'little', 'middle', 'cripple', but 'triple'

A friend once quipped, "A really good speller should be able to spell any word at least three different ways." I happen to agree with the sentiment, but when publishing or creating written communication you want taken seriously, or with a level of professionalism - spelling counts. The problem is that the English language is so doggone broken! Why do I have to memorize innumerable exceptions to the rules? Wouldn't it just be easier to make the correct spelling "tripple"? Will it ever be acceptable to acknowledge that there are erroneous issues in the English language and finally fix it? And, who's in charge, anyway? Who do you contact to say, "Hey, can we correct the spelling of the word triple to be more consistent with other spelling rules?" Seriously, folks, when you make a mistake, acknowledge it, fix it, and move on!

Comments

  • Will it ever be acceptable to acknowledge that there are erroneous issues in the English language and finally fix it?

    No, never. Erroneous English occurs when speakers tired are drunk or if they're infants (or foreigners) learning to speak the language.

    What sober, alert, mature English-speakers say— that's English. OK there are dialects other than the Standard, but they're not erroneous — just different. And some expressions may be stylistically inappropriate: wrong for the context, or wrong for the audience/readership.

    And when we're not paying attention, we can all make mistakes. If the audience/readers don't mind, then there's no need to fix it. If it interferes with communication, we should just collaborate to sort out what was meant — which need not necessarily involve 'fixing' the mistake.

    Wouldn't it just be easier to make the correct spelling "tripple"?

    I see no merit. It's just consistency for consistency's sake. The two consonant letters -PL- in triple are quite enough to suggest a KIT vowel. Do you want triptych and triplicate to become tripptych and tripplicate? Must script and scripture become scrippt and scrippture? And even if there were some merit, there is no mechanism for changing a spelling which everybody uses.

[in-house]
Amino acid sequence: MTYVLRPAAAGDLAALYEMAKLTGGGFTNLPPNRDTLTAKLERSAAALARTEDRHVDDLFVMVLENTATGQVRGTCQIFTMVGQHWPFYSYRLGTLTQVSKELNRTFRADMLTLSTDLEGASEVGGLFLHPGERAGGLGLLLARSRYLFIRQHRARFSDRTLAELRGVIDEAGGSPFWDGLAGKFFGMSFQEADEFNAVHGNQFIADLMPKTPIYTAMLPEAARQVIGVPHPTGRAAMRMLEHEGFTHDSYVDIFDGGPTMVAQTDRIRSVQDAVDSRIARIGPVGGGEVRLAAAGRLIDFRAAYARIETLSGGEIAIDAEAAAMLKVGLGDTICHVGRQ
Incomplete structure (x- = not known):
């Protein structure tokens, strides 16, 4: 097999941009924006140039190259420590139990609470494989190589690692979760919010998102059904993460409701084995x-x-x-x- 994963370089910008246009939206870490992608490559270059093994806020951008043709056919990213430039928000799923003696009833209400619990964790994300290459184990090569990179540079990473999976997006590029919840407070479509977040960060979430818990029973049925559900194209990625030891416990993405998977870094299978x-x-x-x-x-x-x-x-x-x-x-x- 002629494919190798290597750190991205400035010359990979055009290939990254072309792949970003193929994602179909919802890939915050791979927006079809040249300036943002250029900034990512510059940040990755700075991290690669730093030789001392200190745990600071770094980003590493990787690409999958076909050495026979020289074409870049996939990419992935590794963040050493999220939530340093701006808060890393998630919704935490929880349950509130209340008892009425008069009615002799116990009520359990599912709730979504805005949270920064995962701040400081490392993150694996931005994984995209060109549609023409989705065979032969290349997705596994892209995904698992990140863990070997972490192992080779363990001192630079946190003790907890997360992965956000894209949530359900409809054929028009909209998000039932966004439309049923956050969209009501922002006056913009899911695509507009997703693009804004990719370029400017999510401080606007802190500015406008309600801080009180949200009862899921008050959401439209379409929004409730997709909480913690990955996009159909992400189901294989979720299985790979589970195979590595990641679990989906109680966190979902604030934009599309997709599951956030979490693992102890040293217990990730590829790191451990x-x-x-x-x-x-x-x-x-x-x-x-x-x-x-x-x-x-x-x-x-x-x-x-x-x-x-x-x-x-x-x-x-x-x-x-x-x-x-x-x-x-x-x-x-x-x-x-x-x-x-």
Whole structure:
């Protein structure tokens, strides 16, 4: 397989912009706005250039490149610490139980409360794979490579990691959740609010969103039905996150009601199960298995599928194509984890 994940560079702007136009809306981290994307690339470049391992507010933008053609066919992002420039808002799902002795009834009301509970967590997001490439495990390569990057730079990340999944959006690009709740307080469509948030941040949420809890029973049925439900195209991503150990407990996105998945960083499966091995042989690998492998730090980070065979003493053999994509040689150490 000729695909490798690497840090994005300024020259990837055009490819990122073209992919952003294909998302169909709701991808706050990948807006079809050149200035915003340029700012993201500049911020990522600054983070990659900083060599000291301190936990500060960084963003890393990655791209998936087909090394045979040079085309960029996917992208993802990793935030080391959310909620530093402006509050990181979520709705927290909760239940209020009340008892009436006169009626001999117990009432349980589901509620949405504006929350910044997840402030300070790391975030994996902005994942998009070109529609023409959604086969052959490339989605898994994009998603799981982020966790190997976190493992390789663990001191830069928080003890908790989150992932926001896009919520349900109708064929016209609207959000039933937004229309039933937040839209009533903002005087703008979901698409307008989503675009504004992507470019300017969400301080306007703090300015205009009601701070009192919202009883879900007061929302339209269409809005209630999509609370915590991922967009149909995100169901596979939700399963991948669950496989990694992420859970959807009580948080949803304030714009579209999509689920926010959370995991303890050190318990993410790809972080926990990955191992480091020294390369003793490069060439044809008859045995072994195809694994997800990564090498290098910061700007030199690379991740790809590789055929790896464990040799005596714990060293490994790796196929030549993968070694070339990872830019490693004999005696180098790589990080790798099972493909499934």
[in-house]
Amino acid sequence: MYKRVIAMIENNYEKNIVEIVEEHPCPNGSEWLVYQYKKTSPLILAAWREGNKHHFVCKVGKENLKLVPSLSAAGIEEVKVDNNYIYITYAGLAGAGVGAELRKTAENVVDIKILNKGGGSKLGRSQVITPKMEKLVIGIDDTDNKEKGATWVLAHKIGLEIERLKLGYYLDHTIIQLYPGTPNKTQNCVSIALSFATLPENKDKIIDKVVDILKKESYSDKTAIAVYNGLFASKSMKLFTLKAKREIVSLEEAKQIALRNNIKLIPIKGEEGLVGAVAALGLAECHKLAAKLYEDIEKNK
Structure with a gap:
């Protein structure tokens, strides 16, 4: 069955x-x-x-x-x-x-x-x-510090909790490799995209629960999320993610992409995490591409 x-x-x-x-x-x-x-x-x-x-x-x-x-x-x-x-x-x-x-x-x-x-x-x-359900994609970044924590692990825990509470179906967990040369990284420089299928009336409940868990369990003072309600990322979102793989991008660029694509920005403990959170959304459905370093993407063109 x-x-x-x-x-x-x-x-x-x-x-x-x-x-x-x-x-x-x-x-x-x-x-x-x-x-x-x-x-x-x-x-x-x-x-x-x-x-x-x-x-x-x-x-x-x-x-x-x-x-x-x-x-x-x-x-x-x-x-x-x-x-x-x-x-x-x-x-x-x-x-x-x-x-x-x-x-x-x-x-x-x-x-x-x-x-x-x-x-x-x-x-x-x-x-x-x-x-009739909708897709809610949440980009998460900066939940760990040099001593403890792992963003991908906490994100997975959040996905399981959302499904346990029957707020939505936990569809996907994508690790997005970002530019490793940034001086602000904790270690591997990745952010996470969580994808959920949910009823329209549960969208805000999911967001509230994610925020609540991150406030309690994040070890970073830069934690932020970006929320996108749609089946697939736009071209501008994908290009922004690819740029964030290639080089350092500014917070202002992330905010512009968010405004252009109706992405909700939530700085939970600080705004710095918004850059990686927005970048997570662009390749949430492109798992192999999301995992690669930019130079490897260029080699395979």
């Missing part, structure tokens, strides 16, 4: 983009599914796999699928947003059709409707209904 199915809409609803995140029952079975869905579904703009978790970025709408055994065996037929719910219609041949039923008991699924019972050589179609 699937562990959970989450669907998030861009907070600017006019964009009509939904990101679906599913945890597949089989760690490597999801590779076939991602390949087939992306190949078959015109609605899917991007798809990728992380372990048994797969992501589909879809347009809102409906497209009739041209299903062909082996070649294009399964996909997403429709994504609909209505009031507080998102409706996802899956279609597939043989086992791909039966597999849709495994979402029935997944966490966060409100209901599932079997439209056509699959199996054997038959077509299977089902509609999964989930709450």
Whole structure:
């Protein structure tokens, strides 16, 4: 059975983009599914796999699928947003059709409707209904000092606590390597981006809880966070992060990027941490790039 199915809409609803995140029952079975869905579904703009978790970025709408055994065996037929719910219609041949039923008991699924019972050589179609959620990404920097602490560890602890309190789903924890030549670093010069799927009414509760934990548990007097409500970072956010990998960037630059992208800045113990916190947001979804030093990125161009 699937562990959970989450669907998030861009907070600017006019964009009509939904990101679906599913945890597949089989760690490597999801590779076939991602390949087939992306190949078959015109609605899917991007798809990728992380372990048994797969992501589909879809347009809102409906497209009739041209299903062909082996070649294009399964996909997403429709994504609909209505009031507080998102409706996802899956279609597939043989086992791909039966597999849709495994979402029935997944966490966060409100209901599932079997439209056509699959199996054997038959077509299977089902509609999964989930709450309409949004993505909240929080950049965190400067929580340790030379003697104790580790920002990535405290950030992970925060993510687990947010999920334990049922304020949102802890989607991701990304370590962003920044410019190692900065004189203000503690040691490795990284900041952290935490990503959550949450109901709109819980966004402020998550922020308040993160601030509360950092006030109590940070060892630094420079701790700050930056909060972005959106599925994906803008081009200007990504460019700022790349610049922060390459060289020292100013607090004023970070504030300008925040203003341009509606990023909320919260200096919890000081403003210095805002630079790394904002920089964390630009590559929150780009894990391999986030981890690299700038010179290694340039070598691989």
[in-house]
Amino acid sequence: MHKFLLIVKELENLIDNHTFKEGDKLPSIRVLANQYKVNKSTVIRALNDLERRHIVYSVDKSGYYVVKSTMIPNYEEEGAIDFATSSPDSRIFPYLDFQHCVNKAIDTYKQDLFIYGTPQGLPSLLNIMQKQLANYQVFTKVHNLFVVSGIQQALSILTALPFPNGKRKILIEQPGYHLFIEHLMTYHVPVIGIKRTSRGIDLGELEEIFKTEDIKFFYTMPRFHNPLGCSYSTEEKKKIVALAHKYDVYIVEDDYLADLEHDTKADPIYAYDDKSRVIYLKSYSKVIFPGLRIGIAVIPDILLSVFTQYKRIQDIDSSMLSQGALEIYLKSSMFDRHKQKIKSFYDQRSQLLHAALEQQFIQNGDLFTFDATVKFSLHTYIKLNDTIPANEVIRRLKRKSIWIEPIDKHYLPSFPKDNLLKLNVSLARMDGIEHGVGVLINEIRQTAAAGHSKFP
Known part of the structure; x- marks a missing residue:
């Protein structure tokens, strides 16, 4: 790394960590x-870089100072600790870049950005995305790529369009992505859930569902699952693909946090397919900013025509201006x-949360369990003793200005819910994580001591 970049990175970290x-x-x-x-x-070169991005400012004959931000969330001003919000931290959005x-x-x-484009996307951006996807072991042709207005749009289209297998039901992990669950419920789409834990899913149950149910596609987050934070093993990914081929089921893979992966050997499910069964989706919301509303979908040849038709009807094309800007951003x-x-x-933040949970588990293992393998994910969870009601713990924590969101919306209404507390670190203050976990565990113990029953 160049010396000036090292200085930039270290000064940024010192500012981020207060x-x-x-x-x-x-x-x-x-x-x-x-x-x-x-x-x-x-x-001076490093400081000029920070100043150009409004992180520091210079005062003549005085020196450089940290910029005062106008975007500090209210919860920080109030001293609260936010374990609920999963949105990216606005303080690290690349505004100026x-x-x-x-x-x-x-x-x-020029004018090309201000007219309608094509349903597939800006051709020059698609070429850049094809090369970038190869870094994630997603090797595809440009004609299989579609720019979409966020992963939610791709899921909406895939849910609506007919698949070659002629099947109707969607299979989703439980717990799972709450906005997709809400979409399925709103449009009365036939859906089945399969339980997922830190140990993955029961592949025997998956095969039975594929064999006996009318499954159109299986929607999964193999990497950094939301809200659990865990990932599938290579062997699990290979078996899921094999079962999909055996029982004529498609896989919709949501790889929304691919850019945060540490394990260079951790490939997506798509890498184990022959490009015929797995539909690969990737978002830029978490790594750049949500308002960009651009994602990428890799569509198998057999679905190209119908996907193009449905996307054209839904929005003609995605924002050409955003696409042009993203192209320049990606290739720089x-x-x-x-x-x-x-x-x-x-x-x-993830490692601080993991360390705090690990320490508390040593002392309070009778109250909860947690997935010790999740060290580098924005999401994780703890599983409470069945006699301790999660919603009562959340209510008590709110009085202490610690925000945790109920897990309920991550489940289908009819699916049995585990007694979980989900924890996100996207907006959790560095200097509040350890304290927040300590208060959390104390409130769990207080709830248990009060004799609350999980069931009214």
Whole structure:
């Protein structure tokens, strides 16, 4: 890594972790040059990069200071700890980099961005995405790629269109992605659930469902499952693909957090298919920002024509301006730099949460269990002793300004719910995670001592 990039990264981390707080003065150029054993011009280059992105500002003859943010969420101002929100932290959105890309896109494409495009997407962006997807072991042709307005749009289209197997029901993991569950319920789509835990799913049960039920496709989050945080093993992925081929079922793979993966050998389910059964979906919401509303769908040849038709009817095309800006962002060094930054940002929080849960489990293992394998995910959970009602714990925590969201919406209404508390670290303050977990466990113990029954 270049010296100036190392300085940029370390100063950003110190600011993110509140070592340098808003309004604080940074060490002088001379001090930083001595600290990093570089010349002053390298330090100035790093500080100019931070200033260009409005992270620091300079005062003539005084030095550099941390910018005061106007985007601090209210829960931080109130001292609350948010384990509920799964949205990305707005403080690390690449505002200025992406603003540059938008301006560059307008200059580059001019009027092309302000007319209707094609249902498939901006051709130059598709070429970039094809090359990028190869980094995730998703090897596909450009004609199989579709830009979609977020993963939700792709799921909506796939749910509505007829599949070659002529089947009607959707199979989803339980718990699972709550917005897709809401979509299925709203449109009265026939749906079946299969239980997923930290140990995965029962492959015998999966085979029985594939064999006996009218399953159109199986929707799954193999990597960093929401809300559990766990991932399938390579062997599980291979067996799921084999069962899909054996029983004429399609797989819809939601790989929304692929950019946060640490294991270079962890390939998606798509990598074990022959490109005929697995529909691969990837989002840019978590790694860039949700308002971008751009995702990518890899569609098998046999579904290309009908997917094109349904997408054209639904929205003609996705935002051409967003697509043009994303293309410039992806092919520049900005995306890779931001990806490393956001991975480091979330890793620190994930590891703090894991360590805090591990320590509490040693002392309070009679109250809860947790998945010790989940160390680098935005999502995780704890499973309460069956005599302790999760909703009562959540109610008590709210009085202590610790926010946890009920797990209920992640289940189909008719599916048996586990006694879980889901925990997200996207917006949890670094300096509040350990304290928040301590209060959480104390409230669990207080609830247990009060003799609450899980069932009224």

And, who's in charge, anyway?

    Nobody. It's like democracy; everybody has a say. What everybody agrees on is what we continue to use.

    Why do I have to memorize innumerable exceptions to the rules?

    Presumably because 'the rules' are oversimplified.

    The 'rule' that letter-I represents a KIT vowel before a double consonant and nowhere else contains some truth but is far, far too general. It works for tripping and shipping, but not for trip and ship. And not for script, film, sister and countless others. You might find some schoolchildren who welcomed spellings like tripp and shipp and tripple. They might even welcome scrippt, fillm, sisster. But the overwhelming majority of speakers are no longer schoolchildren. Having learned trip, ship and triple, likewise script, film and sister, they don't want to change. And the publishing industry won't entertain for a moment the idea of changing all the spellings.

  • OK, on reflection it is possible to formulate a generalisation that covers little, middle and cripple. It involves making a distinction between letter-L when it represents a purely consonant sound and letter-L (usually followed by letter E) the it represents a syllable.

    This generalisation is a 'rule' only in the sense that it describes what happens 'as a rule'. It echoes a effort centuries ago by educators and printers to lay down the law. By some of these prescriptions, we should double consonants all the time to signal the KIT vowel — thus shipp, hitt, skinn, tipp etc. Somebody laid down the law, and the rest of the world said 'No thank you! That looks silly!'

    The overarching principle is that regular spelling exists to serve the reader. Moves to strict consistency are often rejected because they don't give any extra help to a reader when recognising a word. Very often they're rejected because they disguise similarities between words.

    Triple is a case in point.

    There are few if any words (I can't think of any) where the PRICE vowel is filled by a P-sound and a syllabic L-sound. This contrasts with some consonant sound:

    • With an F-sound both KIT and PRICE vowels occur,so the the double consonant device allows the reader to recognise skiffle versus rifle.

    • Similarly with the B-sound, the double consonant device allows the reader to recognise scribble versus bible.

    • With a T-sound, it allows the reader to recognise little versus title.

    The fact that a double consonant doesn't help much with a P-sound isn't an argument against using it. However, there is a principle which can make it a bad idea.

    It should be as easy as possible for the reader to recognise related words despite differences in sound. The usual example is electric, electricity, electrician. In this instance the related words include triple and triplicate.

  • And, who's in charge, anyway? Who do you contact to say, "Hey, can we correct the spelling of the word triple to be more consistent with other spelling rules?"

    A book just out
    https://amazon.co.uk/Prodigal-Tongue-Love-Hate-Relationship-American/dp/1786072696
    The Prodigal Tongue by Lynne Murphy tells the story of the man who thought he was in charge.

    President Theodore Roosevelt was 'contacted' by the Simplified Spelling Board. He immediately ordered the Government Printing Office to use the Board's spelling for all government publications. Those who didn't protest were too busy laughing at the idiocy of it all. Congress reversed the decision and the Simplified Spelling Board died out after a few years.

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